Graham Watts welcomes Ian Pearson, but wonders if construction will be his top priority

Raynsford, Wilson, Griffiths, Michael, Hodge, Timms, Vadera. Not a roll call at some posh prep school but a list of all those who have been construction minister since 2001: seven of them, in seven years. Not the best of records.

The new minister, Ian Pearson, will have responsibility for some of the business and enterprise department (BERR) and some of the Treasury, although the weighting of his interest in these two is evident from a press release, dated 6 October, in which he welcomed the challenge of his appointment as the economic secretary at the Treasury and later acknowledged that he will have some further responsibilities at BERR.

Looking on the bright side, Pearson seems a hard-working and thorough minister with a CV that already includes a stint as a trade minister at the Foreign Office, a climate change minister at Defra and science minister at the Department for Innovation, Universities and Skills, all of which are important foundations for the construction minister position.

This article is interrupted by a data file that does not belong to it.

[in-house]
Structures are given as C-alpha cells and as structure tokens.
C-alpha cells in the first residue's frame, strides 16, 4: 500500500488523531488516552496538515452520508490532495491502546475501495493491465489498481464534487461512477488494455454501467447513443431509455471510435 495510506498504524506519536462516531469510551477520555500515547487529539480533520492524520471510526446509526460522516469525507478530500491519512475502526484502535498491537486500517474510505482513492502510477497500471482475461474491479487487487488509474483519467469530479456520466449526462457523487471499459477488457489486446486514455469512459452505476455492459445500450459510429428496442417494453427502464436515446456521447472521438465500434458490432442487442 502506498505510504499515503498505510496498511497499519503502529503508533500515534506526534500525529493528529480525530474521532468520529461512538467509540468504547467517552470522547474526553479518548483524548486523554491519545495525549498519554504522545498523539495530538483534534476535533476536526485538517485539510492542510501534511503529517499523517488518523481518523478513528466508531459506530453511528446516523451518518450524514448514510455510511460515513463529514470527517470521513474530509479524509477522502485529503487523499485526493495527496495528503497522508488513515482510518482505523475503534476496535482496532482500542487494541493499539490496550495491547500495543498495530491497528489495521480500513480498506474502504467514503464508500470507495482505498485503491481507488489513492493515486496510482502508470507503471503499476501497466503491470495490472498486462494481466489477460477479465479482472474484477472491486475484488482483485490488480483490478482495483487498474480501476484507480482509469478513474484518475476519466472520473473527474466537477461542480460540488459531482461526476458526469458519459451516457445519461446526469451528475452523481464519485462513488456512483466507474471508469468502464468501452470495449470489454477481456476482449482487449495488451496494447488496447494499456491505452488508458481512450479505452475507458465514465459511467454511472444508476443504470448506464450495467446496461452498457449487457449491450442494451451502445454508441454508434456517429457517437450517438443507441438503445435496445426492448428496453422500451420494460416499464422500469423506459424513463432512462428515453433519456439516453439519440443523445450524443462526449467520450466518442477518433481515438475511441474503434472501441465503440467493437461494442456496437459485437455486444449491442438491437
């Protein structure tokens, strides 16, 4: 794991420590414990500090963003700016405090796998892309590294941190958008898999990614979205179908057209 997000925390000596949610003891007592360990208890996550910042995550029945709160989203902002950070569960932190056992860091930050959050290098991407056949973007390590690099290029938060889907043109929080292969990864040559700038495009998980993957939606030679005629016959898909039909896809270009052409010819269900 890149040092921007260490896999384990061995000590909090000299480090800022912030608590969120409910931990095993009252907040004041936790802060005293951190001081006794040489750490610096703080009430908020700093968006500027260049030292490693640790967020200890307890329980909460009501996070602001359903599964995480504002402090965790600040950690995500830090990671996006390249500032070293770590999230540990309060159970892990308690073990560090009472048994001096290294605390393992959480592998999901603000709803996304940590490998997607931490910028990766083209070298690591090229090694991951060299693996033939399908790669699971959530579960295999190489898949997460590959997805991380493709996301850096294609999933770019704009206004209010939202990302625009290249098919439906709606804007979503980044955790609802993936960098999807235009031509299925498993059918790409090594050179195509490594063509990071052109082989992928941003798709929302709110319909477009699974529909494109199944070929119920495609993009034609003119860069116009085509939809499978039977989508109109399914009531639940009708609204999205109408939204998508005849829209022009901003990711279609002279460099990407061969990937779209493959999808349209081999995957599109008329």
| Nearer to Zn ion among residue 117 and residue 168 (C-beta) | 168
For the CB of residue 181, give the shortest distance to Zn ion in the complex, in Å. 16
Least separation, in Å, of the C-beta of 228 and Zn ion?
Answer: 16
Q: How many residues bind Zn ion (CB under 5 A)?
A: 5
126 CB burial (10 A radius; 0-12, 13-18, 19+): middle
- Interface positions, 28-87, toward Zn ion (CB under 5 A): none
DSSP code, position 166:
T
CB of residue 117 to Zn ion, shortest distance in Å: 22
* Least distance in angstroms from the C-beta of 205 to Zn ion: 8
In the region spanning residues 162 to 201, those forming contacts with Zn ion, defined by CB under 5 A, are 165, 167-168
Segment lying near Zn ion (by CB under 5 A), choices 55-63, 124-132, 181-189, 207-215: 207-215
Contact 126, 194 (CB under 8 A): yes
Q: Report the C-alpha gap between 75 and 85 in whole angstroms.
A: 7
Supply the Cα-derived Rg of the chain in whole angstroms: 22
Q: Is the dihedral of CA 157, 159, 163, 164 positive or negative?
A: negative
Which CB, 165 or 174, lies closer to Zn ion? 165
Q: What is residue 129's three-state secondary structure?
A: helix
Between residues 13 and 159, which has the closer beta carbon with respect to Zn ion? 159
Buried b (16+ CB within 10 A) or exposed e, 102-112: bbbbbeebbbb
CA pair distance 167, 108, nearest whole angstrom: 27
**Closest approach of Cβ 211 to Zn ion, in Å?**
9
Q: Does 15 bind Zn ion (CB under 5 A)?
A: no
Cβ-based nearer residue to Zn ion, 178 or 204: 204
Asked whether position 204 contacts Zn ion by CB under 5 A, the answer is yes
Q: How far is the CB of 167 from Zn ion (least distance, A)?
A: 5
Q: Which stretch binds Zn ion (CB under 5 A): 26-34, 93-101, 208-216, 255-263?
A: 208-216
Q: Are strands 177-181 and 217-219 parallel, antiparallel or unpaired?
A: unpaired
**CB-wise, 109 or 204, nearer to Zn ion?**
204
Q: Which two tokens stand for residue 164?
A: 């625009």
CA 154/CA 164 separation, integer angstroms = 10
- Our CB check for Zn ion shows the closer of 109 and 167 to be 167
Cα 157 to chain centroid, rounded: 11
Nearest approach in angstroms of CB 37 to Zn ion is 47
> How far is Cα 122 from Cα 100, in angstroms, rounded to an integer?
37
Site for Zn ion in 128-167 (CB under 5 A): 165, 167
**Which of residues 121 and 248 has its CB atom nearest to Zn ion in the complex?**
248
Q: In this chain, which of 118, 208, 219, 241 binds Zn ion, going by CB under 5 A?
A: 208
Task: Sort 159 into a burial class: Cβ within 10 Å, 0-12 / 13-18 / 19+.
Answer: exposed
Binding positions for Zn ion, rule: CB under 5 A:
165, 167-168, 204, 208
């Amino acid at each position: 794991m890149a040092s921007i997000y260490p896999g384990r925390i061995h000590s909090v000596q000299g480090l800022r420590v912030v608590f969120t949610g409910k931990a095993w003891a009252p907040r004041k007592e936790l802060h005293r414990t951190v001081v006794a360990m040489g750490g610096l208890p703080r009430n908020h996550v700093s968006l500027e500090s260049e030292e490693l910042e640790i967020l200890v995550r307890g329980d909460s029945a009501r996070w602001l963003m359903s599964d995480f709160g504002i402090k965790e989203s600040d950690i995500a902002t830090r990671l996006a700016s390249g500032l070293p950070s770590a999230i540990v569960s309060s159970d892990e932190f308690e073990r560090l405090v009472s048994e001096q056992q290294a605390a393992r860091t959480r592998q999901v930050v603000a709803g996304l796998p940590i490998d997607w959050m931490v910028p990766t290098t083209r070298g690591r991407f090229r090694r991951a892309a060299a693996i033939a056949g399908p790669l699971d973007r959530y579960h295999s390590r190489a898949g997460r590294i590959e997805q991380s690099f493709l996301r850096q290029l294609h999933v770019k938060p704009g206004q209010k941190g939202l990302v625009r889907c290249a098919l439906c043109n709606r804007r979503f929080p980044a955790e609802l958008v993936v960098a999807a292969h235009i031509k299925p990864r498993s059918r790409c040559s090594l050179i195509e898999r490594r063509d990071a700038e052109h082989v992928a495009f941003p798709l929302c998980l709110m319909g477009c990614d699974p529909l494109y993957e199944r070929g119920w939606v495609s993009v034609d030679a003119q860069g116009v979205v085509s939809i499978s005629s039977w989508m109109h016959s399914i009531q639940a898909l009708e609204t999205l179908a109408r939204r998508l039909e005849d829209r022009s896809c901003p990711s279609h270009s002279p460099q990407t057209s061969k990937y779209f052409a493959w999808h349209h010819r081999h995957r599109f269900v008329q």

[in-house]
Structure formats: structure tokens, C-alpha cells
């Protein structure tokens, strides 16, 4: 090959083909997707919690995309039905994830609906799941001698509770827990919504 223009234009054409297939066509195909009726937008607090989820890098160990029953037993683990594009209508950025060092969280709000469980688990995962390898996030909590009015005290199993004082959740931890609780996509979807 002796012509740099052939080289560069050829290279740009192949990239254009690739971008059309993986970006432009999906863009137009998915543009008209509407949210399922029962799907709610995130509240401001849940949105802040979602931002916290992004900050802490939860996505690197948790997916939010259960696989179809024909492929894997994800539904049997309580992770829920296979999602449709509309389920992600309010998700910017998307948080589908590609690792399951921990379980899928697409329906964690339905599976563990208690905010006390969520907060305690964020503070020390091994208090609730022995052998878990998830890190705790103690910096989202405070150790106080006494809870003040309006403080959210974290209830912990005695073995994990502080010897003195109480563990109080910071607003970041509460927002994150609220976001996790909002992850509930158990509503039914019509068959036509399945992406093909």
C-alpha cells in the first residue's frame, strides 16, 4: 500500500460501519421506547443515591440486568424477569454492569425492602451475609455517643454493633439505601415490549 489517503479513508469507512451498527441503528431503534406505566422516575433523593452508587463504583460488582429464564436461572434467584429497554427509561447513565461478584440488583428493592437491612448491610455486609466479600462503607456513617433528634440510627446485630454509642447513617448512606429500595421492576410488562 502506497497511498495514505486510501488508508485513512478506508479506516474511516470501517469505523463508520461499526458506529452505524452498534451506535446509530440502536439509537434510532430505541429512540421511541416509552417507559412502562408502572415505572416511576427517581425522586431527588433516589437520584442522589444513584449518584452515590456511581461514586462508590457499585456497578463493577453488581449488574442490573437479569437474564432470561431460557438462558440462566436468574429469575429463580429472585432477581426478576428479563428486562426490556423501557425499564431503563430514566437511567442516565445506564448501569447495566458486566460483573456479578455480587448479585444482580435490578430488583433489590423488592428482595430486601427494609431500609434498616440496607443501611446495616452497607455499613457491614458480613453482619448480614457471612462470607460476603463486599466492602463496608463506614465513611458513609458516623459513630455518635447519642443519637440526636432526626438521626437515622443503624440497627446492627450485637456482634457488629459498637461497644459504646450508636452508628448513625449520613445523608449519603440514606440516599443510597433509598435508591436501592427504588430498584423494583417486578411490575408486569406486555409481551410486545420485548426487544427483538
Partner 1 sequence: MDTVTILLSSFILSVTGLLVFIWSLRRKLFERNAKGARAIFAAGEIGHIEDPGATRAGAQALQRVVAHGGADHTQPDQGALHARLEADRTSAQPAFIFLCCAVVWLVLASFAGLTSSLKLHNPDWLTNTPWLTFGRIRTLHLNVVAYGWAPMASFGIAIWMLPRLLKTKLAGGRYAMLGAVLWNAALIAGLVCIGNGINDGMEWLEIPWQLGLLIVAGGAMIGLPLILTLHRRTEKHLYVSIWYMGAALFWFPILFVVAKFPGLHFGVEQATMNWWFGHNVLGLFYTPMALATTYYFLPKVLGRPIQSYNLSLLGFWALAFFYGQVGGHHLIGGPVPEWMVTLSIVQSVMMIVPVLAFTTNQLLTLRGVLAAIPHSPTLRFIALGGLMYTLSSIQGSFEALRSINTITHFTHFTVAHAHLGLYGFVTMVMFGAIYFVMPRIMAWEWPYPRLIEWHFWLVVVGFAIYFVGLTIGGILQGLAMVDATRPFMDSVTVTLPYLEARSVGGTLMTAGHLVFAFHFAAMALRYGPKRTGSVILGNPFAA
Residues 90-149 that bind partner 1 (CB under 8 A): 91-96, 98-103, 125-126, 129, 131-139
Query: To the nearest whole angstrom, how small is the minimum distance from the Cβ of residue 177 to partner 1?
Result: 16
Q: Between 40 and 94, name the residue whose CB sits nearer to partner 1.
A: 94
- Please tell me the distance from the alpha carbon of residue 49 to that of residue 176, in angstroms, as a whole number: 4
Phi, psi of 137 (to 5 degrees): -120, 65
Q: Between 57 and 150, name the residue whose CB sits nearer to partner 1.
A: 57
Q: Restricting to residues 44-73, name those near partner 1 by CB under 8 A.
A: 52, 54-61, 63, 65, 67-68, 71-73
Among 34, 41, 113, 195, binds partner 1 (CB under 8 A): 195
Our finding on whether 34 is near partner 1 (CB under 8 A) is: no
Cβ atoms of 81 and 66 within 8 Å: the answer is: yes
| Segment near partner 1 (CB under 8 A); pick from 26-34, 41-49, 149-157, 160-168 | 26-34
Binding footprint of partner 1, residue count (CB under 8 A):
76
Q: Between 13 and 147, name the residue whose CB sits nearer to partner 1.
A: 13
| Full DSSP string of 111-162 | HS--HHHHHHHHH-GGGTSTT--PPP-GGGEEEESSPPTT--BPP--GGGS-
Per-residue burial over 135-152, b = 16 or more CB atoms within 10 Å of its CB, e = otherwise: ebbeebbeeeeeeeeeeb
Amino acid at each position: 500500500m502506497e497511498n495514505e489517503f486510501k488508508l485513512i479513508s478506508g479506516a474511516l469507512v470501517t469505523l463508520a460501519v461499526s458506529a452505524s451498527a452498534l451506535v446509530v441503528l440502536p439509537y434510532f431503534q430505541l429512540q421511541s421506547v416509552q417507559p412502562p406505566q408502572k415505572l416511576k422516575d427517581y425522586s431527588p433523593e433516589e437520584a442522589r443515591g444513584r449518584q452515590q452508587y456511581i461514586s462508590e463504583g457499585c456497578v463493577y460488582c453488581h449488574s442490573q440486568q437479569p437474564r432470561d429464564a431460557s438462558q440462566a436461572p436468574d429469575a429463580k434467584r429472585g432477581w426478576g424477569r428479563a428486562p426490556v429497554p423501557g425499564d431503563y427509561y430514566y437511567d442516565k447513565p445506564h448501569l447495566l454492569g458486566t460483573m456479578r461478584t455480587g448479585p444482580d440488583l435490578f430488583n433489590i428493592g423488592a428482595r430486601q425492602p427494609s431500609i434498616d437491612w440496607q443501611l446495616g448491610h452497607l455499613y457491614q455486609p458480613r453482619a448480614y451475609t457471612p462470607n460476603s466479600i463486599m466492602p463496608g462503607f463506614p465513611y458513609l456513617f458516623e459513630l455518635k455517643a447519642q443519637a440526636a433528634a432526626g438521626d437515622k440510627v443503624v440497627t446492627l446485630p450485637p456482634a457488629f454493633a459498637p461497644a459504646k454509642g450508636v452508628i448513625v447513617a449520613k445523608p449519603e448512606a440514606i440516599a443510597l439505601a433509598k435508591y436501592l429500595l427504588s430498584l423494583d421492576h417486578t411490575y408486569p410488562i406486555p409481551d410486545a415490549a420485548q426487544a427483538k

It is, however, a shame to have lost Shriti Vadera after eight months. She may not have had much time to attend industry cheese and wine events, but she had influence where it mattered and a capacity for seeing straight to the heart of the big issues.

Her new role in the Cabinet Office, with a seat on the National Economic Council, would have sat perfectly with the significant importance of construction to the current economic situation. But, it’s not to be.

The good thing is that she still knows who to talk to in the industry for straight advice and to be able to get things done.

Meanwhile, we look forward to working with Ian Pearson and can only hope that he lasts a little longer than the others.